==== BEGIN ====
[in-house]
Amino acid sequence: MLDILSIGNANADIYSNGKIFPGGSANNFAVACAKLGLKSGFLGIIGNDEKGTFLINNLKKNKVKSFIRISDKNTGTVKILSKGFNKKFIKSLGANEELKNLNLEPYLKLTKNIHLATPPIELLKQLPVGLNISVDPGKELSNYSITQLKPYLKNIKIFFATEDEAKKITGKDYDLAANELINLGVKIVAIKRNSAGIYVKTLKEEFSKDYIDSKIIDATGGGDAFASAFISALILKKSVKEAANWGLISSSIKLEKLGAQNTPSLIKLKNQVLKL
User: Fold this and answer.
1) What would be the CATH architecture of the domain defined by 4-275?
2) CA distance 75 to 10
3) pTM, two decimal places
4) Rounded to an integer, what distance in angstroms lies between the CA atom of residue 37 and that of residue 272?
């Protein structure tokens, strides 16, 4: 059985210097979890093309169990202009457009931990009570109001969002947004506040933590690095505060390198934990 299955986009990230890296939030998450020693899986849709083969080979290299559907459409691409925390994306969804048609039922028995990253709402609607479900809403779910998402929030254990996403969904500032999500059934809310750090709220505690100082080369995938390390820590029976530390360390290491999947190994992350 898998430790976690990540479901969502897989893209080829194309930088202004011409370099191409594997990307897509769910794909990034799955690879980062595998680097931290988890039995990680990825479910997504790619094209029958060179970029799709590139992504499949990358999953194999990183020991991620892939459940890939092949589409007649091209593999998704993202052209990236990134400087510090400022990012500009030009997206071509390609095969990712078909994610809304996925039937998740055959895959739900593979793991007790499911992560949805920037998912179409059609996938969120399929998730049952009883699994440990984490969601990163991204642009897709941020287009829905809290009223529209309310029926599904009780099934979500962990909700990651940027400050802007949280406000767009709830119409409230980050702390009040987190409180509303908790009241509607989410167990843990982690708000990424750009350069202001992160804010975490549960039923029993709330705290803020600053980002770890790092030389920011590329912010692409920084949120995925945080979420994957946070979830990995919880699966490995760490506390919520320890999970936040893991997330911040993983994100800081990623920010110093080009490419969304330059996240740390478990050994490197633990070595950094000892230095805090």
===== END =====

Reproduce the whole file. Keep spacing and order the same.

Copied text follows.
[in-house]
Amino acid sequence: MLDILSIGNANADIYSNGKIFPGGSANNFAVACAKLGLKSGFLGIIGNDEKGTFLINNLKKNKVKSFIRISDKNTGTVKILSKGFNKKFIKSLGANEELKNLNLEPYLKLTKNIHLATPPIELLKQLPVGLNISVDPGKELSNYSITQLKPYLKNIKIFFATEDEAKKITGKDYDLAANELINLGVKIVAIKRNSAGIYVKTLKEEFSKDYIDSKIIDATGGGDAFASAFISALILKKSVKEAANWGLISSSIKLEKLGAQNTPSLIKLKNQVLKL
User: Fold this and answer.
1) What would be the CATH architecture of the domain defined by 4-275?
2) CA distance 75 to 10
3) pTM, two decimal places
4) Rounded to an integer, what distance in angstroms lies between the CA atom of residue 37 and that of residue 272?
């Protein structure tokens, strides 16, 4: 059985210097979890093309169990202009457009931990009570109001969002947004506040933590690095505060390198934990 299955986009990230890296939030998450020693899986849709083969080979290299559907459409691409925390994306969804048609039922028995990253709402609607479900809403779910998402929030254990996403969904500032999500059934809310750090709220505690100082080369995938390390820590029976530390360390290491999947190994992350 898998430790976690990540479901969502897989893209080829194309930088202004011409370099191409594997990307897509769910794909990034799955690879980062595998680097931290988890039995990680990825479910997504790619094209029958060179970029799709590139992504499949990358999953194999990183020991991620892939459940890939092949589409007649091209593999998704993202052209990236990134400087510090400022990012500009030009997206071509390609095969990712078909994610809304996925039937998740055959895959739900593979793991007790499911992560949805920037998912179409059609996938969120399929998730049952009883699994440990984490969601990163991204642009897709941020287009829905809290009223529209309310029926599904009780099934979500962990909700990651940027400050802007949280406000767009709830119409409230980050702390009040987190409180509303908790009241509607989410167990843990982690708000990424750009350069202001992160804010975490549960039923029993709330705290803020600053980002770890790092030389920011590329912010692409920084949120995925945080979420994957946070979830990995919880699966490995760490506390919520320890999970936040893991997330911040993983994100800081990623920010110093080009490419969304330059996240740390478990050994490197633990070595950094000892230095805090």